Council confirms which Local Plan sites will be dropped

Councillor Tony Kingsbury (Conservative, Welwyn West) chairing a Local Plan meeting to determine housing targets.

Cllr Tony Kingsbury backed the changes to the Local Plan. - Credit: Welwyn Hatfield Borough Council

Plans to build 1,500 new homes on the Green Belt in Symondshyde will be one of the developments dropped by Welwyn Hatfield under plans to fight the government’s housing target, the borough council has confirmed.

The confirmation came after the leader of the council backed a call to ignore the inspector’s 15,200 target for new homes in the borough between 2016 and 2036.

Councillor Tony Kingsbury (Conservative, Welwyn West) said choosing to instead reduce the target by almost 2,000 will see the council “go as far as we can” to limit building in the borough while offering a viable plan.

Symondshyde Green

Symondshyde Green - Credit: John Gardener

At a cabinet meeting on January 18, members echoed the view of last week’s meeting that the council should argue the borough doesn’t have the capacity to build more than 13,279 homes in the plan period.

The cabinet was presented with a list of sites to remove from the latest draft plan to meet the new figure, which is largely similar to the November 2020 draft plan and includes dropping plans for a new village in Symondshyde.

Councillors across political groups have long tried to take plans for the new village out of the plan, but the government inspector Melvyn Middleton has said the development was potentially sound and should remain under consideration.

Other plans set to be dropped include 300 homes to the west of Brookmans Park railway station and 100 homes south of Hawkshead Road, Little Heath.

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Two developments in Cuffley – 75 homes in Wells Farm and 73 homes to the north of Northaw Road East – will also be removed from the plan.

The final site expected to be removed is for four homes on a proposed extension to a Gypsy and Traveller site in Barbaraville, Mill Green.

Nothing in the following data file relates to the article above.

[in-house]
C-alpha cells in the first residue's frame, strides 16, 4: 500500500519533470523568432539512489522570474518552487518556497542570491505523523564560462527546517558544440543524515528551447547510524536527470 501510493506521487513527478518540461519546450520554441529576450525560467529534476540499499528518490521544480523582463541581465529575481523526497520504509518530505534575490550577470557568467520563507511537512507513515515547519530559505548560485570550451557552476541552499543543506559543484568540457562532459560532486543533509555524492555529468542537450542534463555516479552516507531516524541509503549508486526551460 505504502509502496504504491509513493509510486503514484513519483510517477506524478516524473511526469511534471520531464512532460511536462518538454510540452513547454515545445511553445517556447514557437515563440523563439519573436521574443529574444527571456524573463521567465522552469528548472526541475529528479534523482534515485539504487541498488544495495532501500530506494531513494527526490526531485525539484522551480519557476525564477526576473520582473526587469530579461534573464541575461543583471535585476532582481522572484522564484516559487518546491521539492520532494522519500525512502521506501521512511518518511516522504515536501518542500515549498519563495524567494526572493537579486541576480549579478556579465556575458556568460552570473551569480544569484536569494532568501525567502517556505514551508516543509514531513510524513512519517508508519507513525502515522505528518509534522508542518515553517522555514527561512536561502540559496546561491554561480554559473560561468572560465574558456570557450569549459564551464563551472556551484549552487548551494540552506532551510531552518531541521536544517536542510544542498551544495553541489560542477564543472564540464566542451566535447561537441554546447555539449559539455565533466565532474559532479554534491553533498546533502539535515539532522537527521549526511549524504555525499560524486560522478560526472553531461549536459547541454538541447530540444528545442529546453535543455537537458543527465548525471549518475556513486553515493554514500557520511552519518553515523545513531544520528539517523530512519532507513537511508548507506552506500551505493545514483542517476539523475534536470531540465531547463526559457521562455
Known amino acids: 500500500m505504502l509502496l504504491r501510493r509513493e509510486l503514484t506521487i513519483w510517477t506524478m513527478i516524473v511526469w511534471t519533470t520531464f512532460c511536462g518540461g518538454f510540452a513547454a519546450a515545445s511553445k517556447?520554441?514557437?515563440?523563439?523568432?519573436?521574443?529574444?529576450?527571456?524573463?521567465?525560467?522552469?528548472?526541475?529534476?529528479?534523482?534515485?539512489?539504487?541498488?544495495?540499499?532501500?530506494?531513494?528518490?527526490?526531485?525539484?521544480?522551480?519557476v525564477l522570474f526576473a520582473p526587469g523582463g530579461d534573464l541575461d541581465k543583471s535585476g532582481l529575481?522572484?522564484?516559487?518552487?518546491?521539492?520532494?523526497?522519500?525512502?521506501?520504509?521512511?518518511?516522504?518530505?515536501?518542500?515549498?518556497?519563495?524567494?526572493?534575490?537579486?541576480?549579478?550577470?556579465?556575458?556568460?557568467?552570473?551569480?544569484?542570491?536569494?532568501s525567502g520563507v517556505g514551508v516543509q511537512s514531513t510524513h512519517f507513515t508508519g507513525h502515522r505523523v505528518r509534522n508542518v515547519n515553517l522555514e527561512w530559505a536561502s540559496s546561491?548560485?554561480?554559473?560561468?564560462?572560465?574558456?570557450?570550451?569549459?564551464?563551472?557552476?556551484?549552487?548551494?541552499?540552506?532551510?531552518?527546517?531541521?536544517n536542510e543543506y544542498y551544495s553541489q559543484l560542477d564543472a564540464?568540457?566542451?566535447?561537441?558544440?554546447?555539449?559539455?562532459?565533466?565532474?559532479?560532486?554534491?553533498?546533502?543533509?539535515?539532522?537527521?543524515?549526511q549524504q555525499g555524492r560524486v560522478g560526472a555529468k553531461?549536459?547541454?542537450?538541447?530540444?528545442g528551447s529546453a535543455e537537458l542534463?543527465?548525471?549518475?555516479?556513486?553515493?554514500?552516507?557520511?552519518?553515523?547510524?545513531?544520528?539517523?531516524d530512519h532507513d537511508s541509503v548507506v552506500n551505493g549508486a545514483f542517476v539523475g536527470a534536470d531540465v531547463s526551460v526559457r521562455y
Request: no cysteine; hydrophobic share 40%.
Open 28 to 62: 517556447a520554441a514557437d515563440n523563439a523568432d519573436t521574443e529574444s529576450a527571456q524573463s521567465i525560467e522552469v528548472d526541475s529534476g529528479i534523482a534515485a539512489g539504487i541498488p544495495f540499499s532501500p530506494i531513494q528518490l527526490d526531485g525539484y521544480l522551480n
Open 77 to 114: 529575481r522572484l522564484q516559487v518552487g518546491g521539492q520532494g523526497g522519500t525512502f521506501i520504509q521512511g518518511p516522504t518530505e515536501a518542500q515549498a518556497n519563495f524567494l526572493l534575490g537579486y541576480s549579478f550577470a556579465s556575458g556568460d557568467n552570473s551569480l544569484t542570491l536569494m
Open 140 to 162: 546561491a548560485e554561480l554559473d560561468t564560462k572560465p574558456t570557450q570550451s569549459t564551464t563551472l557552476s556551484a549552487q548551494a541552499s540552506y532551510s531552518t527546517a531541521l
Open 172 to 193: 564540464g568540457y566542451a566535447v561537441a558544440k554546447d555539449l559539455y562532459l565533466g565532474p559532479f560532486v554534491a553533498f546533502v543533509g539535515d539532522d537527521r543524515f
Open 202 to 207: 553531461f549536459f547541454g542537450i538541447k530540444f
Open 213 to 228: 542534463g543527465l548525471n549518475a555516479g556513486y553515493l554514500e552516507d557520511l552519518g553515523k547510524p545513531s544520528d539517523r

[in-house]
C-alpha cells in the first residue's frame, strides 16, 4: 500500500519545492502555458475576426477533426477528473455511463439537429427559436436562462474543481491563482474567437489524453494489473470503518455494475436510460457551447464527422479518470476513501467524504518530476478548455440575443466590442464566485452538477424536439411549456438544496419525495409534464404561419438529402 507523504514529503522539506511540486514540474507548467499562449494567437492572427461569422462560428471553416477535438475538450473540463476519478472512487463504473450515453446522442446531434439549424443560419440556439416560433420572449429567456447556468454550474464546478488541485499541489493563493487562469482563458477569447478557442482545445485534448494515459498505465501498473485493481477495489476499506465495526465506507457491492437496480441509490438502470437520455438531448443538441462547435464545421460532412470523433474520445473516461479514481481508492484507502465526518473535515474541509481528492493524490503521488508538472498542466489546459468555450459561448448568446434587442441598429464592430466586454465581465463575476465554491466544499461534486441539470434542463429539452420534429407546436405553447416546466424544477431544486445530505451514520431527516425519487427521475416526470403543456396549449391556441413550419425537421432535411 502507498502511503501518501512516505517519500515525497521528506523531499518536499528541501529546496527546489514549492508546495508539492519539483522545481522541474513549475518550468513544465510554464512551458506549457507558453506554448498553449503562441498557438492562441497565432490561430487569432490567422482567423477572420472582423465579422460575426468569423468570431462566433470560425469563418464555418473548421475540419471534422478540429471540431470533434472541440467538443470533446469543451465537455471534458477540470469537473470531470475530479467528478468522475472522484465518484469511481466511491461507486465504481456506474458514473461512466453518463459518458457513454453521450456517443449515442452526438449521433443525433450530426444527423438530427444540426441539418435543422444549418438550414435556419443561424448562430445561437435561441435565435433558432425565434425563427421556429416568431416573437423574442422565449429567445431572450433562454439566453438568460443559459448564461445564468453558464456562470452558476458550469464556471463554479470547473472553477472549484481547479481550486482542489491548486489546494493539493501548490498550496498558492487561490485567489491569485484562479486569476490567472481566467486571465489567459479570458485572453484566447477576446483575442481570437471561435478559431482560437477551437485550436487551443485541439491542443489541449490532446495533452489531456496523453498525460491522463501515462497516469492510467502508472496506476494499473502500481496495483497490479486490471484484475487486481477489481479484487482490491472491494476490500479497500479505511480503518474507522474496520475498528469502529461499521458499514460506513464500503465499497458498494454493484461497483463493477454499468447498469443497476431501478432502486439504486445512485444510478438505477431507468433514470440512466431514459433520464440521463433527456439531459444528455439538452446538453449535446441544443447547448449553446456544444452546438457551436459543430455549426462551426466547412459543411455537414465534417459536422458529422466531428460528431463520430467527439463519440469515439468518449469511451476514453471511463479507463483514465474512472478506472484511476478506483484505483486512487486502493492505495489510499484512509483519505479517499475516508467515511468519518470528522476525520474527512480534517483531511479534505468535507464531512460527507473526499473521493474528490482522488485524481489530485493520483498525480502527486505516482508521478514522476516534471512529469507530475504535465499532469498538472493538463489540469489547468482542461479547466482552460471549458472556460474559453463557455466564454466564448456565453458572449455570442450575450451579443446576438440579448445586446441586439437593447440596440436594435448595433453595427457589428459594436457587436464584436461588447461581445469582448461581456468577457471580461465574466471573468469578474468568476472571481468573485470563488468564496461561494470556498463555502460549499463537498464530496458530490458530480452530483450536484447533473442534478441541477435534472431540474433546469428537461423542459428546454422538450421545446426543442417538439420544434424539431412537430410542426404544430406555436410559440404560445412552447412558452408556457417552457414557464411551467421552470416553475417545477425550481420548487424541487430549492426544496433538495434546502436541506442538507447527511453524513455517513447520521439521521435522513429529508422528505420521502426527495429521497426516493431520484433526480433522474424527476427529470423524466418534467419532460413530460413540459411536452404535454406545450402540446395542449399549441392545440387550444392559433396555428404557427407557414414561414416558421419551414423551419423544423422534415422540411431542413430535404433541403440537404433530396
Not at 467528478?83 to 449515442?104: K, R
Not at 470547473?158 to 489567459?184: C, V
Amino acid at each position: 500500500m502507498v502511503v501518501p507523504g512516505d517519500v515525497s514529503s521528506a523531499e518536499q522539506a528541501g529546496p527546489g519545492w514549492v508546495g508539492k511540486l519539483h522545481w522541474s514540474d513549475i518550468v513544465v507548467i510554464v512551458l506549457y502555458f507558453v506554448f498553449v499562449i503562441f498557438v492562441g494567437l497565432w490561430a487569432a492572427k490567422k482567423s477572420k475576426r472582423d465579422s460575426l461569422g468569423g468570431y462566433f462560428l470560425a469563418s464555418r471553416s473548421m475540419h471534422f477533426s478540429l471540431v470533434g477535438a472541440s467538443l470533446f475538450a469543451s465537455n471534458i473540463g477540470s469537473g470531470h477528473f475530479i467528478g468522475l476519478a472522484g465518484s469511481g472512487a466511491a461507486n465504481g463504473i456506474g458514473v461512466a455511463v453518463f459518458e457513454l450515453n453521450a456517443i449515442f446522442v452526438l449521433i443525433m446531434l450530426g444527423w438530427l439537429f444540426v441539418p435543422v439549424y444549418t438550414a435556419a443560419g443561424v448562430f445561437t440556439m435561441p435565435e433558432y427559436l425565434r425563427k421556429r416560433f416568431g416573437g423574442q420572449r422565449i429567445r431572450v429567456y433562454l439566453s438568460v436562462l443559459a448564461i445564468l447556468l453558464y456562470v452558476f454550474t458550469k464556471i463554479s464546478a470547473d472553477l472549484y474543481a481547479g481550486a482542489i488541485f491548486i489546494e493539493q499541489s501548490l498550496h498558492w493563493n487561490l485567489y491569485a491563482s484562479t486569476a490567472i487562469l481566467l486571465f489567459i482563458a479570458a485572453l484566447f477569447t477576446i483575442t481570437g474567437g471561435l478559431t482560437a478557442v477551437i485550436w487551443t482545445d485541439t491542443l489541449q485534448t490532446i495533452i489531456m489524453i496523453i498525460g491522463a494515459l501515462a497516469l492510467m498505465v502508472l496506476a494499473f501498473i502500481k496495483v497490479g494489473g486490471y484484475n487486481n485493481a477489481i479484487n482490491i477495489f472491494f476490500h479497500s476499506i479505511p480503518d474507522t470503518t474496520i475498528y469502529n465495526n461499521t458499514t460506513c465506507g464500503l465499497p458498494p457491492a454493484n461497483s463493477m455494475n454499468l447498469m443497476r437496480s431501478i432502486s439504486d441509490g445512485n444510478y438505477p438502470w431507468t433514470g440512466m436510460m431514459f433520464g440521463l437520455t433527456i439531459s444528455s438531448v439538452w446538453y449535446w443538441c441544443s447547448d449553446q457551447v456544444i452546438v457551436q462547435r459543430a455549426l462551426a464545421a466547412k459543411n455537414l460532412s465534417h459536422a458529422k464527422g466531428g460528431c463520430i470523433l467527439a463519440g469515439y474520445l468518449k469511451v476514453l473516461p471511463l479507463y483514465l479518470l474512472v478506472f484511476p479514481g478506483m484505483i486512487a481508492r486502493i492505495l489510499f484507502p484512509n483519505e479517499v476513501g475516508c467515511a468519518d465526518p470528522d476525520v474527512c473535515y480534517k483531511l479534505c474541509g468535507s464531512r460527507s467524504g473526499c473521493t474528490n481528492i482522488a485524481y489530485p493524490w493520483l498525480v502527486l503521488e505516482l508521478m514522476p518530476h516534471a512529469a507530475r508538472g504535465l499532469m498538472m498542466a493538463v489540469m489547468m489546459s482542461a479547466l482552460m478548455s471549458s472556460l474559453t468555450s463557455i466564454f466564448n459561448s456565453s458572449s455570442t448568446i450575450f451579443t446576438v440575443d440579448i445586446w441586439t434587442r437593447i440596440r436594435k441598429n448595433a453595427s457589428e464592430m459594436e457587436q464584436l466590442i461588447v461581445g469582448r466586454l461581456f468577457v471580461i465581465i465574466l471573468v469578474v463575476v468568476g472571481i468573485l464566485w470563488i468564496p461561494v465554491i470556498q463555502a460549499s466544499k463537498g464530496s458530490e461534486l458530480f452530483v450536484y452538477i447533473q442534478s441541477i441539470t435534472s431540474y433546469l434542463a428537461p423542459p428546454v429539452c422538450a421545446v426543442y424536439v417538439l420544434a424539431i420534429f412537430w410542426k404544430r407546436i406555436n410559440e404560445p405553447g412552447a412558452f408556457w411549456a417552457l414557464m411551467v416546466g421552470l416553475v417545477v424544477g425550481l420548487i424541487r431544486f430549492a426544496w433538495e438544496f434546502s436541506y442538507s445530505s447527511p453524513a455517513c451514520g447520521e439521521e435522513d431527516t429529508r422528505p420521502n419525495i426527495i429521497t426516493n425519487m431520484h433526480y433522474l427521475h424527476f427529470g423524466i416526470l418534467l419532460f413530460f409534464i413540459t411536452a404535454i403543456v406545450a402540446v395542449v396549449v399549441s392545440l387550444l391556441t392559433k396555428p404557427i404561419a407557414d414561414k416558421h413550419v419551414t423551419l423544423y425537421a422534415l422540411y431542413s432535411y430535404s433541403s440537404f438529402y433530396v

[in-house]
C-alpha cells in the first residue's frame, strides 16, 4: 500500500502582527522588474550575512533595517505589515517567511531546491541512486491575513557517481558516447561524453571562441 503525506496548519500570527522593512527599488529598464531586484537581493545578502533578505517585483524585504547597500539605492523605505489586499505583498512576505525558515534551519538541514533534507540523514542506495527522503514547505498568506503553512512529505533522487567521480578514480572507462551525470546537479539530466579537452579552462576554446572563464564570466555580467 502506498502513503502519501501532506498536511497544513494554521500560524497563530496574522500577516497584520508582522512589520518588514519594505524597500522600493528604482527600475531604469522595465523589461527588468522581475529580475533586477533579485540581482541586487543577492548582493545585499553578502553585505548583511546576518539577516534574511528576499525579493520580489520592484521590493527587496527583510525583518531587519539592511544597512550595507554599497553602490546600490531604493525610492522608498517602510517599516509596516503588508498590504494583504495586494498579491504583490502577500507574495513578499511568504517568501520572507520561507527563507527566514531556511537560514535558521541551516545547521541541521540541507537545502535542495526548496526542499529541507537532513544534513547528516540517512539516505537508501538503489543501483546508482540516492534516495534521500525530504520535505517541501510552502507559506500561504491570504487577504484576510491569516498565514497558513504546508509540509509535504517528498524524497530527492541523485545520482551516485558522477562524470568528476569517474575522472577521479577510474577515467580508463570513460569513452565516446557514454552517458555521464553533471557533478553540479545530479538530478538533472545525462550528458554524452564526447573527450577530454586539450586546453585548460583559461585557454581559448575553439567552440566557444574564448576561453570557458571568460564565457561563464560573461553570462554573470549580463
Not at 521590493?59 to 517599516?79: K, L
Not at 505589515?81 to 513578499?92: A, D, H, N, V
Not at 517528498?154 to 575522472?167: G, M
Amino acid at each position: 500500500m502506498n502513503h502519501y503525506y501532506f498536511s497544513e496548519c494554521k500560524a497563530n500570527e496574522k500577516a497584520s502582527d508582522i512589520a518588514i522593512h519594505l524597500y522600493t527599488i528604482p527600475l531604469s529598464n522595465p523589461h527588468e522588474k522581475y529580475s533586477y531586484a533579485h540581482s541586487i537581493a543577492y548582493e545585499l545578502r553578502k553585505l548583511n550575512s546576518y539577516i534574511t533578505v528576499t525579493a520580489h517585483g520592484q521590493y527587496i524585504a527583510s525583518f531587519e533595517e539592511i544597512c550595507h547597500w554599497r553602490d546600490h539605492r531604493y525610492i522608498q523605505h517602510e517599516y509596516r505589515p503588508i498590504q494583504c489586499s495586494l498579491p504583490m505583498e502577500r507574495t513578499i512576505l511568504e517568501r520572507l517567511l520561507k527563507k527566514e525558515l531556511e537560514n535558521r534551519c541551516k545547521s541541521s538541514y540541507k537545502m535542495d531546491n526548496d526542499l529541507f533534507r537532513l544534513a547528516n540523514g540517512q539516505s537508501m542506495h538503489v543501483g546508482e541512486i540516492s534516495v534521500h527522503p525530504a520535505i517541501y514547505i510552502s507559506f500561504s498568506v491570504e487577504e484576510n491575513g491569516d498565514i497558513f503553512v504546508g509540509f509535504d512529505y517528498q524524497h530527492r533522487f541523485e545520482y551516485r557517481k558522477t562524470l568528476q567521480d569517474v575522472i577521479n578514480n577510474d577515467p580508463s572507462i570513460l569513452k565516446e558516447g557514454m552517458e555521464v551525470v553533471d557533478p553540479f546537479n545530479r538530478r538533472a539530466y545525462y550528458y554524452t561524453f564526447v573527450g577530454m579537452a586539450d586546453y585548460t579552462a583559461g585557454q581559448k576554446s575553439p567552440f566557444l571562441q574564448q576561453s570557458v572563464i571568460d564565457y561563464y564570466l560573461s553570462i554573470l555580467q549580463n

The Brookmans Park site had been deemed sound by the planning inspector, while the others had been deemed ‘potentially sound’ if more sustainable sites came forward or if local need exists.

When taking into account projects the council have already completed or committed to, the council will need to earmark land for 8,200 more homes to meet the new 13,279 figure.

Council officers raised the risks of returning to the inspector with the amended plan, and suggested there was a “strong likelihood of the strategy being found unsound”.

Officers also told members if the plan was rejected without a five-year housing land supply in place the council could be more vulnerable to planning appeals.

However, Cllr Kingsbury said councillors had to reflect the strength of feeling of residents and recent advice from central government indicated local authorities were best placed to make planning decisions.

The council leader said: “It’s important that we try to get a plan in place, but we do need to consider and listen really hard to the views of our residents.

“I’m sure all members from all parties from all areas have received many emails from concerned residents and we do need to listen to that.”

Cllr Kingsbury added: “The proposal from one of our group to reject the higher numbers was unanimously agreed by all members. This did put forward an alternative which I believe is going as far as we can and would at least be a viable plan to go forward with.”

The council leader added he would ask officers to seek legal advice on whether the council’s new approach is a “legitimate option”.

Ahead of Tuesday’s meeting, the Liberal Democrat group also warned of the risks of having an unsound plan, and said the previous 2020 plan included sites that were “unfairly and unsustainably distributed across the borough”. 

The group voted to reject the four options presented to councillors last week, but did not support the move to revisit the reduced figure during Thursday’s meeting.

Deputy leader of the opposition, Councillor Jane Quinton (Liberal Democrat, Panshanger) said: “I really hope the Conservative Council leaders have a cunning plan up their sleeve to save the situation they have put us in. Otherwise, all our communities will lose out.”

The changes to the plan and approach to housing targets will be debated by councillors of all parties at full council on Thursday, January 27.